The sternoclavicular joint is the most frequently moved, nonaxial
joint of the body. It also has the least amount of bony stability
of any major joint because less than half of the medial end of the
clavicle articulates with the upper sternum. Therefore, joint stability
depends on the integrity of the surrounding ligaments, which give
the sternoclavicular joint surprising strength. As a result, the
majority of injuries to this area are simple sprains, and dislocations
and fractures are uncommon.
Forcing the shoulder forward suddenly, or applying a medially
directed force to the shoulder, may result in a sprain to the sternoclavicular
joint. Pain and swelling are localized to the joint, and treatment
is symptomatic with ice, sling, and analgesics. Differential diagnosis
in the nontrauma patient should include consideration of septic
arthritis, especially in injection drug users.
Dislocations are unusual and typically result from motor vehicle
crashes or sports injuries. If the shoulder is rolled forward at
the time of impact, a posterior dislocation may result from a direct
blow or from an indirect force to the shoulder. An anterior sternoclavicular
joint dislocation may result from the same indirect force if the
shoulder is rolled backward at the moment of impact. Posterior sternoclavicular
joint dislocations are much less common than anterior dislocations.
Patients with a sternoclavicular joint dislocation have severe
pain that is exacerbated by arm motion and lying supine. The shoulder
appears shortened and rolled forward. On examination, anterior
dislocations have a prominent medial clavicle end that is visible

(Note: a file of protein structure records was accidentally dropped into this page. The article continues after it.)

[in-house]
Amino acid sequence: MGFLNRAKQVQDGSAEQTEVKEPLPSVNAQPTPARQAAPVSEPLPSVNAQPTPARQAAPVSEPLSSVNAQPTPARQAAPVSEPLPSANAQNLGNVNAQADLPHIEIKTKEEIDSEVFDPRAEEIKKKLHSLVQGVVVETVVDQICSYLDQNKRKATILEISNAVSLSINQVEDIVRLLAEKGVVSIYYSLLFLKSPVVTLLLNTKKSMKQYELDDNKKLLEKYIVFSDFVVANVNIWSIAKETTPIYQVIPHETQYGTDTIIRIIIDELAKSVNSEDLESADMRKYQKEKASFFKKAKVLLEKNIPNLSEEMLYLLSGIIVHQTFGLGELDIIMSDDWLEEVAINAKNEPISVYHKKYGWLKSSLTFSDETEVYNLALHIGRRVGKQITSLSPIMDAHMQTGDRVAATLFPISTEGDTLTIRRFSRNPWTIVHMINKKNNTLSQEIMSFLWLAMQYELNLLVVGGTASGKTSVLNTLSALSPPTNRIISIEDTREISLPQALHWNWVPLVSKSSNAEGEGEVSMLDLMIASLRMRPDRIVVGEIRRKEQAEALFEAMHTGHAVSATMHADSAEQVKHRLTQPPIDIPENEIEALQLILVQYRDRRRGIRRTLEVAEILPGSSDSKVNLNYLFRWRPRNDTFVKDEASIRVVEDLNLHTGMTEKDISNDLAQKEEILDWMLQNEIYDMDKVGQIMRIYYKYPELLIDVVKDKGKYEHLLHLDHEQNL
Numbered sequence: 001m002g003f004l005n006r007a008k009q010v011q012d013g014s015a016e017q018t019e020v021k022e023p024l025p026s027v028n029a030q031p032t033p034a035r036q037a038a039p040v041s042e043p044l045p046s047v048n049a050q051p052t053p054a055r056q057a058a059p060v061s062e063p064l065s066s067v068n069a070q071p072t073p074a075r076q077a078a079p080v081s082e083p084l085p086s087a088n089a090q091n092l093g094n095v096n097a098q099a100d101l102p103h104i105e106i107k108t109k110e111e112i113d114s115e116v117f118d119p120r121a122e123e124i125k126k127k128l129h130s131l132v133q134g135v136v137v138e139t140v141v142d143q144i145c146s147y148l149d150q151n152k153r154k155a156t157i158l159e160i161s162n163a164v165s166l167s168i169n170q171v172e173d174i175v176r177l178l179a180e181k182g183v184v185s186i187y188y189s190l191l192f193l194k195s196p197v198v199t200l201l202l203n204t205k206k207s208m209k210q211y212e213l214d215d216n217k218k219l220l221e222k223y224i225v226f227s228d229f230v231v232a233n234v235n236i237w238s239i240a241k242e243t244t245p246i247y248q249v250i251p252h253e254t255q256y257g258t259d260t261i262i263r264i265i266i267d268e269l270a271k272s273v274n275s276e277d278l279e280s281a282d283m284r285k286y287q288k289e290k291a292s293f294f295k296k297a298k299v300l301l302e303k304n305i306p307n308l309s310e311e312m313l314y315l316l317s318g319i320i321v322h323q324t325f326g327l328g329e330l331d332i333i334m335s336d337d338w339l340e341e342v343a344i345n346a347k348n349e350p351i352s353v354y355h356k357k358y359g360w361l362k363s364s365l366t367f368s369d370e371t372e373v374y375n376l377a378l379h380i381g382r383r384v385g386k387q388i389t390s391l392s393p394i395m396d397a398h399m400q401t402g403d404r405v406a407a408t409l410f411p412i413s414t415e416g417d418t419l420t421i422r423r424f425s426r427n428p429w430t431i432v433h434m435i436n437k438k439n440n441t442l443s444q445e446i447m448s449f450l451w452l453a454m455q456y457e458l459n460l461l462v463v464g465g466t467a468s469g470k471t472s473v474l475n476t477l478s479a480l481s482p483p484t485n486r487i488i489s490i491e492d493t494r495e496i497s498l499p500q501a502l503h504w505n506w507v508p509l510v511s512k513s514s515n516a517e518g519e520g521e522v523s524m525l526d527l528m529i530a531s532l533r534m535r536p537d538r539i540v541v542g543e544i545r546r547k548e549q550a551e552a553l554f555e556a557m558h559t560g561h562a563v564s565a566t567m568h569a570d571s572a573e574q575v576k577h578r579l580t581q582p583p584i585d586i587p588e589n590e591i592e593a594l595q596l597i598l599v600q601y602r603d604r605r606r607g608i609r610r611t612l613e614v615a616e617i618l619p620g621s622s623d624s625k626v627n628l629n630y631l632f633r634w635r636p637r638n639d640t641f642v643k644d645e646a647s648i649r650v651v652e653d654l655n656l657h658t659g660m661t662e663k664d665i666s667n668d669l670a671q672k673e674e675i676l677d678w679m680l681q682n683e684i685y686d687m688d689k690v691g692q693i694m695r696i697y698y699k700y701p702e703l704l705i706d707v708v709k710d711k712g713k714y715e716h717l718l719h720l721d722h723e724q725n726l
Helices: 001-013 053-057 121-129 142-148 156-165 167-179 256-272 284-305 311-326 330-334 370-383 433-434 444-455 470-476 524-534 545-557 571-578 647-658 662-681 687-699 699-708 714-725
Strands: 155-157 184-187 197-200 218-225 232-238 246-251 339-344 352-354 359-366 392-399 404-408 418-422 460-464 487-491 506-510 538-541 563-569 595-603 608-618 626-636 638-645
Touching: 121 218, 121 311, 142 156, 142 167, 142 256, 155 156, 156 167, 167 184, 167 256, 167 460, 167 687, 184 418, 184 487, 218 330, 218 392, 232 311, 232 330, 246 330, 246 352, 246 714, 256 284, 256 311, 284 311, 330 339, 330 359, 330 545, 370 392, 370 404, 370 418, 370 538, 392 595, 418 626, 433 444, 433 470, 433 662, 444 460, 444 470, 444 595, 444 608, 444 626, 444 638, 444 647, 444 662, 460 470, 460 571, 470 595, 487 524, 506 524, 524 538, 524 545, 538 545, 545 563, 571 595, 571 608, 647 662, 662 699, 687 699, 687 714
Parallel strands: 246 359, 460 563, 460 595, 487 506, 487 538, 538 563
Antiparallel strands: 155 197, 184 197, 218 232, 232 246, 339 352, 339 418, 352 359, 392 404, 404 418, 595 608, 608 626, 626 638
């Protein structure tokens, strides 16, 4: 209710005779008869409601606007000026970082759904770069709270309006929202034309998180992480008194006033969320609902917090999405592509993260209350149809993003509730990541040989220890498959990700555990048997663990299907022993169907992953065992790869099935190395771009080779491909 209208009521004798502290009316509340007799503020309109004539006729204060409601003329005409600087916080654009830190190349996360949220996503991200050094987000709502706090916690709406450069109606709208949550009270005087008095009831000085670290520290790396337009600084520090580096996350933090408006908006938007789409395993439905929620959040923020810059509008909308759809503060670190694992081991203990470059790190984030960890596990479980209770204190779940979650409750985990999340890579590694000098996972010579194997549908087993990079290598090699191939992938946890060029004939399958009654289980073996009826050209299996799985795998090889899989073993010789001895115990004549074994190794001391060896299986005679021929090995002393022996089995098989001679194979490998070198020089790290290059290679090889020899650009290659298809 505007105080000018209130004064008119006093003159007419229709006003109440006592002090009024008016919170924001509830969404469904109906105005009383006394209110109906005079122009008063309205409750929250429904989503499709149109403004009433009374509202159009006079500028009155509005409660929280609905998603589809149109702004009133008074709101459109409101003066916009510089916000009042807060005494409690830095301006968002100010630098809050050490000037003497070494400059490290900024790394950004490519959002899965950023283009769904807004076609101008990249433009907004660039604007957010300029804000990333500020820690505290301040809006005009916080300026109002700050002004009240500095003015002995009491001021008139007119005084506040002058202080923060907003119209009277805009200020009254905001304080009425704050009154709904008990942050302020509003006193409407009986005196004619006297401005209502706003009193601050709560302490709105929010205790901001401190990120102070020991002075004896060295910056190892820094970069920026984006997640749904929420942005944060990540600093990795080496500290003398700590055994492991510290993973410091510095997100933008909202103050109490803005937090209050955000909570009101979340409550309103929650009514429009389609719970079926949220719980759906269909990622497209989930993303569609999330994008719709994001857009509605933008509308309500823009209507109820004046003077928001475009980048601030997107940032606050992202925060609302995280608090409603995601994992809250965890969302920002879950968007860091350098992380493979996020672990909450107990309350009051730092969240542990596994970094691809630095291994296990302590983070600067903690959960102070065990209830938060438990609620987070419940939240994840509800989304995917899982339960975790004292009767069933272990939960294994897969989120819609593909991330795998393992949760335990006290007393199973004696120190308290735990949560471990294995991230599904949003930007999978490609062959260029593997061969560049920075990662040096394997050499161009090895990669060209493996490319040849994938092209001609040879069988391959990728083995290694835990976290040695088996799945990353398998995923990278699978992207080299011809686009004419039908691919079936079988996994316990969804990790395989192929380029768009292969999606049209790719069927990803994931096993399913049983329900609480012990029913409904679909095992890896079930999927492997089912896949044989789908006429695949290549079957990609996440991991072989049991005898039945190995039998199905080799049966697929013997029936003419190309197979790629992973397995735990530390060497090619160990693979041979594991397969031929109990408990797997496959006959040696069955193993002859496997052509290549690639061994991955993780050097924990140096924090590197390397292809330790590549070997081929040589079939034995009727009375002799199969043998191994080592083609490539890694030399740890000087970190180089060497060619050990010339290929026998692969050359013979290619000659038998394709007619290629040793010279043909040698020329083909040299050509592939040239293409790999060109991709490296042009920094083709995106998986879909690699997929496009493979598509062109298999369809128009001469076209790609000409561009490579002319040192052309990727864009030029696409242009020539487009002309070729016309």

and palpable anterior to the sternum, although swelling and
tenderness may impede diagnosis. In posterior dislocations, the
medial clavicle end is less visible and often not palpable (Figure 268-1), and the patient may have signs and
symptoms of impingement of the superior mediastinal contents.
Right posterior dislocation shows less visible right
medial clavicle. (Courtesy of John Rudzinski, MD.)
Routine radiographs may not be diagnostic. Special views and
comparison with the other clavicle may be helpful. CT is the imaging
procedure of choice (Figures 268-2 and 268-3), and IV contrast may be administered
to further delineate injury to adjacent mediastinal structures (Figure 268-4).
Clavicle radiograph shows asymmetry of the clavicles. Arrow
indicates asymmetric and inferiorly displaced medial clavicle. (Courtesy
of Rockford Health System.)
CT scan shows right posterior sternoclavicular dislocation.
Arrow indicates disrupted sternoclavicular joint with posterior
displacement of clavicle and compression of adjacent lung. (Courtesy
of Rockford Health System.)
Sternoclavicular joints. The relationship of the sternoclavicular
joint to adjacent structures.